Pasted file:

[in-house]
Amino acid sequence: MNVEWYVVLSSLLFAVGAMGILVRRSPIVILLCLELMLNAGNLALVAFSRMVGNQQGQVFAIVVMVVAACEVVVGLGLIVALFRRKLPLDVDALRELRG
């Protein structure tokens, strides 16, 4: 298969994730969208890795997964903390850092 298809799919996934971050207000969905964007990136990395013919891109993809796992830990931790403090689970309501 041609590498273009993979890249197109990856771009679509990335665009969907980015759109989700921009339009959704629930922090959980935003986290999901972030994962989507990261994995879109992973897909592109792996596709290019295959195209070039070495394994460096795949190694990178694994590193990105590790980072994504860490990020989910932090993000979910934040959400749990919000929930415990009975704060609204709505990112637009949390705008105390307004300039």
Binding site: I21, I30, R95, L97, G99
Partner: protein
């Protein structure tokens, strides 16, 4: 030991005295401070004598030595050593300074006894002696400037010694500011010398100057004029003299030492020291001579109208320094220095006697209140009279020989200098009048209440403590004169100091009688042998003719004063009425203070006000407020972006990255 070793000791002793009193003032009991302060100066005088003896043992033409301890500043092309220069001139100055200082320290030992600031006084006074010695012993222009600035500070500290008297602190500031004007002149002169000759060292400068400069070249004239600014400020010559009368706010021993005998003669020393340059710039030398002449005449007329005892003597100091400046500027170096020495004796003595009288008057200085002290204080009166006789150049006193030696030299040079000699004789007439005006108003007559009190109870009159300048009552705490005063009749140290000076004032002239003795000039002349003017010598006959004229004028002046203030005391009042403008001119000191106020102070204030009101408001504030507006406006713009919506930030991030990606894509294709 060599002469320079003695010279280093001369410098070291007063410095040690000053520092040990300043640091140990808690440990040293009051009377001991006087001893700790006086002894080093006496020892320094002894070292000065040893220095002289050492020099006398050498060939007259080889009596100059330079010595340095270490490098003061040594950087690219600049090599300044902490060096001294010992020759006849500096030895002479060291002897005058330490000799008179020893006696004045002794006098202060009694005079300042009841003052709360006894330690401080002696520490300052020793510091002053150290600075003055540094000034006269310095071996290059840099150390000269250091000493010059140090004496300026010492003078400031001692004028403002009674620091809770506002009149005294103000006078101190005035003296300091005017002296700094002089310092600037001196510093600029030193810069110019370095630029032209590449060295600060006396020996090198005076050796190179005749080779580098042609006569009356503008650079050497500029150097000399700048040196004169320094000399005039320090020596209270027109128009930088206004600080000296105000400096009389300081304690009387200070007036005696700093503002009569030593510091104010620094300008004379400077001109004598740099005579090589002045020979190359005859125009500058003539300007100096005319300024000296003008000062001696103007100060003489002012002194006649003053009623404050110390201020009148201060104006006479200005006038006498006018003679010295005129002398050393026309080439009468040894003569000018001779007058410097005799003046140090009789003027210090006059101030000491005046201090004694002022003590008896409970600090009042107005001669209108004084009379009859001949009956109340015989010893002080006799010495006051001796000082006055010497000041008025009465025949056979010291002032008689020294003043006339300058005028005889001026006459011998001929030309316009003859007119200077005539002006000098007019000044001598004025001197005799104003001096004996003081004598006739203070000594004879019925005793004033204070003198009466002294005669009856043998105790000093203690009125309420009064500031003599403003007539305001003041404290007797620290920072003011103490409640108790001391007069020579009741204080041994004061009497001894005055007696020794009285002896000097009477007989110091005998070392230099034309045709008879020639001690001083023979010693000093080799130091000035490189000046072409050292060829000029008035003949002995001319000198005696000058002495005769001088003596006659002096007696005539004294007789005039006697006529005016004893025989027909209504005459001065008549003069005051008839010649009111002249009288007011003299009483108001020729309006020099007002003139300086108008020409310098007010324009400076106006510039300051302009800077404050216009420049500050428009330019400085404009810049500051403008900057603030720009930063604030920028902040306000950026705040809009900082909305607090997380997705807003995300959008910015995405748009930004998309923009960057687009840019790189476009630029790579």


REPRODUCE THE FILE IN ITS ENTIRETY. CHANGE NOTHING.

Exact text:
[in-house]
Amino acid sequence: MNVEWYVVLSSLLFAVGAMGILVRRSPIVILLCLELMLNAGNLALVAFSRMVGNQQGQVFAIVVMVVAACEVVVGLGLIVALFRRKLPLDVDALRELRG
């Protein structure tokens, strides 16, 4: 298969994730969208890795997964903390850092 298809799919996934971050207000969905964007990136990395013919891109993809796992830990931790403090689970309501 041609590498273009993979890249197109990856771009679509990335665009969907980015759109989700921009339009959704629930922090959980935003986290999901972030994962989507990261994995879109992973897909592109792996596709290019295959195209070039070495394994460096795949190694990178694994590193990105590790980072994504860490990020989910932090993000979910934040959400749990919000929930415990009975704060609204709505990112637009949390705008105390307004300039």
Binding site: I21, I30, R95, L97, G99
Partner: protein
């Protein structure tokens, strides 16, 4: 030991005295401070004598030595050593300074006894002696400037010694500011010398100057004029003299030492020291001579109208320094220095006697209140009279020989200098009048209440403590004169100091009688042998003719004063009425203070006000407020972006990255 070793000791002793009193003032009991302060100066005088003896043992033409301890500043092309220069001139100055200082320290030992600031006084006074010695012993222009600035500070500290008297602190500031004007002149002169000759060292400068400069070249004239600014400020010559009368706010021993005998003669020393340059710039030398002449005449007329005892003597100091400046500027170096020495004796003595009288008057200085002290204080009166006789150049006193030696030299040079000699004789007439005006108003007559009190109870009159300048009552705490005063009749140290000076004032002239003795000039002349003017010598006959004229004028002046203030005391009042403008001119000191106020102070204030009101408001504030507006406006713009919506930030991030990606894509294709 060599002469320079003695010279280093001369410098070291007063410095040690000053520092040990300043640091140990808690440990040293009051009377001991006087001893700790006086002894080093006496020892320094002894070292000065040893220095002289050492020099006398050498060939007259080889009596100059330079010595340095270490490098003061040594950087690219600049090599300044902490060096001294010992020759006849500096030895002479060291002897005058330490000799008179020893006696004045002794006098202060009694005079300042009841003052709360006894330690401080002696520490300052020793510091002053150290600075003055540094000034006269310095071996290059840099150390000269250091000493010059140090004496300026010492003078400031001692004028403002009674620091809770506002009149005294103000006078101190005035003296300091005017002296700094002089310092600037001196510093600029030193810069110019370095630029032209590449060295600060006396020996090198005076050796190179005749080779580098042609006569009356503008650079050497500029150097000399700048040196004169320094000399005039320090020596209270027109128009930088206004600080000296105000400096009389300081304690009387200070007036005696700093503002009569030593510091104010620094300008004379400077001109004598740099005579090589002045020979190359005859125009500058003539300007100096005319300024000296003008000062001696103007100060003489002012002194006649003053009623404050110390201020009148201060104006006479200005006038006498006018003679010295005129002398050393026309080439009468040894003569000018001779007058410097005799003046140090009789003027210090006059101030000491005046201090004694002022003590008896409970600090009042107005001669209108004084009379009859001949009956109340015989010893002080006799010495006051001796000082006055010497000041008025009465025949056979010291002032008689020294003043006339300058005028005889001026006459011998001929030309316009003859007119200077005539002006000098007019000044001598004025001197005799104003001096004996003081004598006739203070000594004879019925005793004033204070003198009466002294005669009856043998105790000093203690009125309420009064500031003599403003007539305001003041404290007797620290920072003011103490409640108790001391007069020579009741204080041994004061009497001894005055007696020794009285002896000097009477007989110091005998070392230099034309045709008879020639001690001083023979010693000093080799130091000035490189000046072409050292060829000029008035003949002995001319000198005696000058002495005769001088003596006659002096007696005539004294007789005039006697006529005016004893025989027909209504005459001065008549003069005051008839010649009111002249009288007011003299009483108001020729309006020099007002003139300086108008020409310098007010324009400076106006510039300051302009800077404050216009420049500050428009330019400085404009810049500051403008900057603030720009930063604030920028902040306000950026705040809009900082909305607090997380997705807003995300959008910015995405748009930004998309923009960057687009840019790189476009630029790579």